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How does the new M&S current account stack up against its rivals?

Lucinda Beeman
Written By:
Lucinda Beeman
Posted:
Updated:
15/05/2014

Today marks the latest shake up in the retail banking industry as M&S Bank launches its first current account with no monthly fee to customers.

M&S Bank is one of a string of challenger banks – including Metro Bank and Post Office – hoping to challenge the dominance of the traditional lenders by moving into the current account space.

The retailer said it hopes to bring “the trusted Marks & Spencer brand values to banking, delivering a new choice of bank on the high street”.

But how does the M&S product stack up against its rivals?

Authorised overdrafts

How much you pay for an overdraft depends on a range of factors, including how much, how often and for how long you are overspending on your current account – and whether it’s authorised beforehand.

The cheapest agreed overdraft accounts are those that charge interest but no monthly fees.

M&S promises “a transparent account structure” with an automatic £500 overdraft, the first £100 of which is interest-free and the remainder is charged at 15.9 per cent EAR, with no overdraft fees.

According to research by Andrew Hagger of the MoneyComms website, if you only use an overdraft of £400 for four days each month, the total annual cost is less than £10 with M&S Bank – as well as First Direct, Post Office, Metro Bank and Nationwide Building Society FlexAccount.

This is compared to a yearly bill of around the £80 mark for the same borrowing scenario with Lloyds Bank, TSB Classic Plus and NatWest and RBS Select.

Unauthorised overdrafts

M&S Bank has decided not to charge fees for unauthorised borrowing. Instead customers will simply pay interest.

Hagger said: “Putting it in hard cash terms if you make two debit card payments on the same day that put you into unauthorised overdraft by £120 for three days, M&S Bank will charge you just 15 pence.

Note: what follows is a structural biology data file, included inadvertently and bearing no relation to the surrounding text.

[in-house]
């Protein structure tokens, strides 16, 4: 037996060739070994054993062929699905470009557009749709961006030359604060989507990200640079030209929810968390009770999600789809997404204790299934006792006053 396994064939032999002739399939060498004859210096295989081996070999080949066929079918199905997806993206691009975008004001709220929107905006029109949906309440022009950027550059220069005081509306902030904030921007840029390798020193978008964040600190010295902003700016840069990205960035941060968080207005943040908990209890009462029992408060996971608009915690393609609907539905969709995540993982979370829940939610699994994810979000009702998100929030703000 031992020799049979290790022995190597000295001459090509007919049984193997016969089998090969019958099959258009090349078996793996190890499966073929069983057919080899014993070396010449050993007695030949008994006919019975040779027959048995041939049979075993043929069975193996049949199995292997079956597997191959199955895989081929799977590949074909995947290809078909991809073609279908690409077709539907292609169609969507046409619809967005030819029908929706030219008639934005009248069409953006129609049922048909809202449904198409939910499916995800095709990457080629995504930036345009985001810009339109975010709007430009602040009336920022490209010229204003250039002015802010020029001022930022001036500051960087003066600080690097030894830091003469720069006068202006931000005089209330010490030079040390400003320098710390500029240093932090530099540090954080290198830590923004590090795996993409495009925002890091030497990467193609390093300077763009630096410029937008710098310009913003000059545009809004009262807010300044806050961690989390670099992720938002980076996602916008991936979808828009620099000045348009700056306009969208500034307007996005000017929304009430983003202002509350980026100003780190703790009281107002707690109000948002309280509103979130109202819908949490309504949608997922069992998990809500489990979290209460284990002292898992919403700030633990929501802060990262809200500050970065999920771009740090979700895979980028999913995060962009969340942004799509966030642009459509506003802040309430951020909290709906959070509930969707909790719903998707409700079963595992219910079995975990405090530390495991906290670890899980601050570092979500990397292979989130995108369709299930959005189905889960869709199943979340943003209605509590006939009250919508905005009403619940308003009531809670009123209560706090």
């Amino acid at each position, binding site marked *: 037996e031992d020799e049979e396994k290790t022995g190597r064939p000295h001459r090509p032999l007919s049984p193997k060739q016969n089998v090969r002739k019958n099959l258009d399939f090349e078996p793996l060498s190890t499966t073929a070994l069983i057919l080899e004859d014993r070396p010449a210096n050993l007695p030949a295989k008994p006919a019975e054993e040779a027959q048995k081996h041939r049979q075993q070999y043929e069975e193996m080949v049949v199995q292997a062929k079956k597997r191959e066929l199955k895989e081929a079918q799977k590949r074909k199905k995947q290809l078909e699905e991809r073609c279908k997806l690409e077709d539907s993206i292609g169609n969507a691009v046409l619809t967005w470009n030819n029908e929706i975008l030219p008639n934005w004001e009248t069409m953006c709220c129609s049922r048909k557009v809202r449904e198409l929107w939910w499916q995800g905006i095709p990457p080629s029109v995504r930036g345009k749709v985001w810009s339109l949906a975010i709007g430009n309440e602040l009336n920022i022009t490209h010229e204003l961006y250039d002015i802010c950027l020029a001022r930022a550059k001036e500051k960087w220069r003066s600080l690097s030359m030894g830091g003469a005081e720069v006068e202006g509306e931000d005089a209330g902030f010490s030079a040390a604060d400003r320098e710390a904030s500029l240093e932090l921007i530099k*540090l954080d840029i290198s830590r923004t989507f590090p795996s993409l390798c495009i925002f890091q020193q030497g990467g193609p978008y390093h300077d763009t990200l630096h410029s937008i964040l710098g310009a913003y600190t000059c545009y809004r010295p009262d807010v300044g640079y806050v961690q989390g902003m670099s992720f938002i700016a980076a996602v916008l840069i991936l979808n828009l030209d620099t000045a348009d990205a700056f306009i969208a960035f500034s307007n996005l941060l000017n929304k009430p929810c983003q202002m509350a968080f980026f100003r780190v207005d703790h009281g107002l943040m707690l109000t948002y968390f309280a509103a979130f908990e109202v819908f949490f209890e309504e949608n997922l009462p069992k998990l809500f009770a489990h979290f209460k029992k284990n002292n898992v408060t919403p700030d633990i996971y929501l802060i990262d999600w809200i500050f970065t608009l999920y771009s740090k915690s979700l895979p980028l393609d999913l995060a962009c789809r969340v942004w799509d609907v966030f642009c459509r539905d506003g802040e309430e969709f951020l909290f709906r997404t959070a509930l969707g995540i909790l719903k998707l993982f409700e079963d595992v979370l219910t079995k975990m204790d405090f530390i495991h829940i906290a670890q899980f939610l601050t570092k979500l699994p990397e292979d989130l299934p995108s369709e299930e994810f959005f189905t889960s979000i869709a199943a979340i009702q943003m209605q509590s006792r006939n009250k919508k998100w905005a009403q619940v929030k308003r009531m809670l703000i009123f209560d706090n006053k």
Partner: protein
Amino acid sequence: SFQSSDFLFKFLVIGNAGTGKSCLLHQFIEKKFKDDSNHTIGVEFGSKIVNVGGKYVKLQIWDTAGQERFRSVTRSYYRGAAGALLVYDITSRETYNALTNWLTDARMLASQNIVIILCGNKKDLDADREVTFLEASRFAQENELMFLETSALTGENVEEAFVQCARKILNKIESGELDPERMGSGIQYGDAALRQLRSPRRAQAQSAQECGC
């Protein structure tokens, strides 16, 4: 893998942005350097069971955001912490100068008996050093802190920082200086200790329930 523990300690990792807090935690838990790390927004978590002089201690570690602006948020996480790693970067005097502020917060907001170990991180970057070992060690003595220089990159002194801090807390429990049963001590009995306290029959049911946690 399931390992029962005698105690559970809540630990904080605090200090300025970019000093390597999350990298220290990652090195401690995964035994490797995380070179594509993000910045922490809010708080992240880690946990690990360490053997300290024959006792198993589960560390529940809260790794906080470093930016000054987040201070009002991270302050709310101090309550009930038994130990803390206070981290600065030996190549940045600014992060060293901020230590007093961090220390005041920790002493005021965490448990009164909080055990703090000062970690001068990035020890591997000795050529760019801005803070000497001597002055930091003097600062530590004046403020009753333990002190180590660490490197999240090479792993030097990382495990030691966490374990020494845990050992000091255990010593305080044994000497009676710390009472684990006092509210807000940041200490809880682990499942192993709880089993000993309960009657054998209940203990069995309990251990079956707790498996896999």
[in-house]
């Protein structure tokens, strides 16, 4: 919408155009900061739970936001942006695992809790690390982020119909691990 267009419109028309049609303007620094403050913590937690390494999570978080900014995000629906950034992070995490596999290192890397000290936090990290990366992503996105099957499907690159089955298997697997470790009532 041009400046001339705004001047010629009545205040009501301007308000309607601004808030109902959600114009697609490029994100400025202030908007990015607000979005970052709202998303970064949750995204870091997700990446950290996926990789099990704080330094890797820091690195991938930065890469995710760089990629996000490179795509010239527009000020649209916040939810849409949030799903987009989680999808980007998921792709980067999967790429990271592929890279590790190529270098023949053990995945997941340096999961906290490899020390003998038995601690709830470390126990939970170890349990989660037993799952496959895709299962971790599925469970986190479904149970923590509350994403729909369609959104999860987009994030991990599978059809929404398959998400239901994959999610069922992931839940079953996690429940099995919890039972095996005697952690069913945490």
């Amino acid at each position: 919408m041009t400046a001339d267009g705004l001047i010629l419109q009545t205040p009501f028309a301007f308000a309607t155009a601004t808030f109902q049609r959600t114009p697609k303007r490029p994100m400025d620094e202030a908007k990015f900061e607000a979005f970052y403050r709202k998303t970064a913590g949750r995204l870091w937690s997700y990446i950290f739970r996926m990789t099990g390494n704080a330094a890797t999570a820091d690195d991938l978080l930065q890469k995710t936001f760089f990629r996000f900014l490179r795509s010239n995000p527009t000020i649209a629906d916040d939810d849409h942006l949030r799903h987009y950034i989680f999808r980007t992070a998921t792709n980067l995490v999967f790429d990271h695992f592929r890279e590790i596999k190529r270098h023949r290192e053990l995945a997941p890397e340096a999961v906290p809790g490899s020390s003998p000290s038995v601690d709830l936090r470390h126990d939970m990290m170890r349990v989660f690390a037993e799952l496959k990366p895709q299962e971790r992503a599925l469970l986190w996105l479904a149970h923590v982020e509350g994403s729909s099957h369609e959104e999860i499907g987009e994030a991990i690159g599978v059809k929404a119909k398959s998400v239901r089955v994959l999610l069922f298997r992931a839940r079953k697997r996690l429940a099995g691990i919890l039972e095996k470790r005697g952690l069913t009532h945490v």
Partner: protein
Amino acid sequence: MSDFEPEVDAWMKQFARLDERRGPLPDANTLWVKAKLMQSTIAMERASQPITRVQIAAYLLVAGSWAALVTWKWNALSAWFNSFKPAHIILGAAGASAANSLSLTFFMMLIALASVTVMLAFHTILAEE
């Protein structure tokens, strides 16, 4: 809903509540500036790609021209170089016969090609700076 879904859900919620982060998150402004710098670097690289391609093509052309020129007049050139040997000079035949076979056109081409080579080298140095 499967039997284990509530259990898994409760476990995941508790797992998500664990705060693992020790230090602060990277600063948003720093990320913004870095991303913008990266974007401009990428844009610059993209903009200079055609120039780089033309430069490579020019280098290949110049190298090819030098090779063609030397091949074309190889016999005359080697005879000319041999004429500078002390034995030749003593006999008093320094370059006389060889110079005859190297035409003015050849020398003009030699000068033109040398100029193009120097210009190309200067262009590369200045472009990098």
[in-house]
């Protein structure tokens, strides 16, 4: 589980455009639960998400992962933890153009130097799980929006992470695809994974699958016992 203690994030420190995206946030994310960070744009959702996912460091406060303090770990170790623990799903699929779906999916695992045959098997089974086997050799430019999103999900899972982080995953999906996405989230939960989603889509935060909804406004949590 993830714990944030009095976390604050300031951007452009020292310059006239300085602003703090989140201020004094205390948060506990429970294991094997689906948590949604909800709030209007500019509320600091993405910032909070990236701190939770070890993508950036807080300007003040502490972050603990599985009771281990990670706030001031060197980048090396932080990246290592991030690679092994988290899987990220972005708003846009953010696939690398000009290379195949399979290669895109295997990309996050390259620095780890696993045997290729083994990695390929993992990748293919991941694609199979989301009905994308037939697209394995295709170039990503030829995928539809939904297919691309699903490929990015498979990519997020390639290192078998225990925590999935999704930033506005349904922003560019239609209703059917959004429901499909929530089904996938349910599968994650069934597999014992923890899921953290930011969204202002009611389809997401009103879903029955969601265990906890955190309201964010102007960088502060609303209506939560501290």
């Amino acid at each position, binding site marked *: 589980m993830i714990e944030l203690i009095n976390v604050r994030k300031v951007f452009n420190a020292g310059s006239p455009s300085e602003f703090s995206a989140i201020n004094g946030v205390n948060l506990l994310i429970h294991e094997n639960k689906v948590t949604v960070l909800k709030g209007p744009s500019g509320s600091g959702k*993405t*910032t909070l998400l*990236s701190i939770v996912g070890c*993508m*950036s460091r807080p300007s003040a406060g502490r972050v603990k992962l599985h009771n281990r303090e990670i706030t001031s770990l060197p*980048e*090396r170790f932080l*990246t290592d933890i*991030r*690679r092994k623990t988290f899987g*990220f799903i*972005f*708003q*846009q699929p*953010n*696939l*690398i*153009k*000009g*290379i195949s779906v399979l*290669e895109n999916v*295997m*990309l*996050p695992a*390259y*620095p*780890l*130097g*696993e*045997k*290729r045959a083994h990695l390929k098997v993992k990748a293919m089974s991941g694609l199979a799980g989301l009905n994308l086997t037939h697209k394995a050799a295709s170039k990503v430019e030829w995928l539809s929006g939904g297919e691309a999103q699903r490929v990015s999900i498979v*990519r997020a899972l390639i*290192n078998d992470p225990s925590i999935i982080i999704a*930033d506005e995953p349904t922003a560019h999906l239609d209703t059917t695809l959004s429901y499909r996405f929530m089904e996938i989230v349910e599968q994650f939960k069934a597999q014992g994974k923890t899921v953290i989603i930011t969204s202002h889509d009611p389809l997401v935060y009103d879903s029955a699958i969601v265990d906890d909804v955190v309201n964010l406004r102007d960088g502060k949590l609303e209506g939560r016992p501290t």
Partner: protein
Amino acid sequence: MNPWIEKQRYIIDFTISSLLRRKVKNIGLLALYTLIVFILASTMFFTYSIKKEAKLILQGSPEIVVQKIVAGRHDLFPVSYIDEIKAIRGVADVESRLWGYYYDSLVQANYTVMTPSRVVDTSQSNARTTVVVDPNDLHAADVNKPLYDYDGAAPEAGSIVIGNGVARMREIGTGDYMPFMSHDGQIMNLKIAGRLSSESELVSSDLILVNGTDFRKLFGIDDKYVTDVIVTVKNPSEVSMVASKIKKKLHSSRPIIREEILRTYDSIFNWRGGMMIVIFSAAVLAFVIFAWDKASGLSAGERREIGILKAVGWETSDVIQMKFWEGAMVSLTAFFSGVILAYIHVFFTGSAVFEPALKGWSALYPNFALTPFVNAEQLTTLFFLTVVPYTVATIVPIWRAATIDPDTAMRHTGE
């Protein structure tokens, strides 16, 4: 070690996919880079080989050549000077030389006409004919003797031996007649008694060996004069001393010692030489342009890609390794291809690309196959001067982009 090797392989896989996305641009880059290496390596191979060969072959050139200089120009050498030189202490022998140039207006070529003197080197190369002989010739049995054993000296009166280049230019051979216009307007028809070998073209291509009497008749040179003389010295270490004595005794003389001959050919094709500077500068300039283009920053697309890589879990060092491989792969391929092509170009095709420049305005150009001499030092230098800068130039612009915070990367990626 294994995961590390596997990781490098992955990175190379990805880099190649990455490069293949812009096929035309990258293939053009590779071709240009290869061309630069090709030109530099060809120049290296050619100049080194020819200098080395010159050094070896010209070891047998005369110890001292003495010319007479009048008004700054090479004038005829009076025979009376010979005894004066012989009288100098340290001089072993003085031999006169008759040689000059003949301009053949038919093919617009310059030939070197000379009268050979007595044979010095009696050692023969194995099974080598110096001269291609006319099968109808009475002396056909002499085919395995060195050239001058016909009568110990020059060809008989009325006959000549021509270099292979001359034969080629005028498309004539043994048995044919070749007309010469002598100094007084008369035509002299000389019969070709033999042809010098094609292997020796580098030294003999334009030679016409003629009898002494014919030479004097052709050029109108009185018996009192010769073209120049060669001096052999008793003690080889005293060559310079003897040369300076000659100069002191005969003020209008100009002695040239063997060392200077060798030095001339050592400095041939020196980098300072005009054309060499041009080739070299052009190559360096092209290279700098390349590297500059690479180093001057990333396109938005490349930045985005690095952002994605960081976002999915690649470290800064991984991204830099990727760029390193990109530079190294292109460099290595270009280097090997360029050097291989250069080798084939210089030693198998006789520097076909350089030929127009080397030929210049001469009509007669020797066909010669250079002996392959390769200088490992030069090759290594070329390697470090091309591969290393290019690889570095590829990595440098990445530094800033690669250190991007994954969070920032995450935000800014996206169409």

“At the other end of the charging spectrum Lloyds Bank and TSB will both charge you £36.20, Norwich & Peterborough Building Society £49.18 and Nationwide Building Society( FlexAccount) £50.19 for the same short term oversight or indiscretion.”

Charges abroad

This is an area often overlooked by current account holders until they return to the UK and see the costs in black and white on their bank statement, according to Hagger.

M&S Bank will not charge for ATM cash withdrawals overseas, which puts it in the top five cheapest accounts to use aboard along with Norwich & Peterborough Building Society, Nationwide BS and fellow challenger banks Metro Bank and Post Office.

MoneyComms research shows that a family holiday scenario could easily set customers back nigh on £100 in charges with the likes of Lloyds Bank, TSB, Santander and Halifax.

Credit interest

There is no credit interest payable with the new M&S Bank account – or with Metro Bank or Post Office.

Hagger notes that the banks that are offering the top deals for in credit interest/rewards – Lloyds, Halifax and TSB – are also the most expensive for debit card charges abroad and at the more expensive end of the table for overdraft costs.

Incentives

M&S Bank is offering a £100 M&S gift card for accounts switched by the seven day switching system, but Hagger insists consumers should not pick their current account based on introductory offers.

He explains: “The £100 golden hello may seem like a good idea at the time, but opt for the wrong account for the way you manage your day-to-day banking and you could soon end up paying over the odds in charges and more than wipe out the value of the freebie.”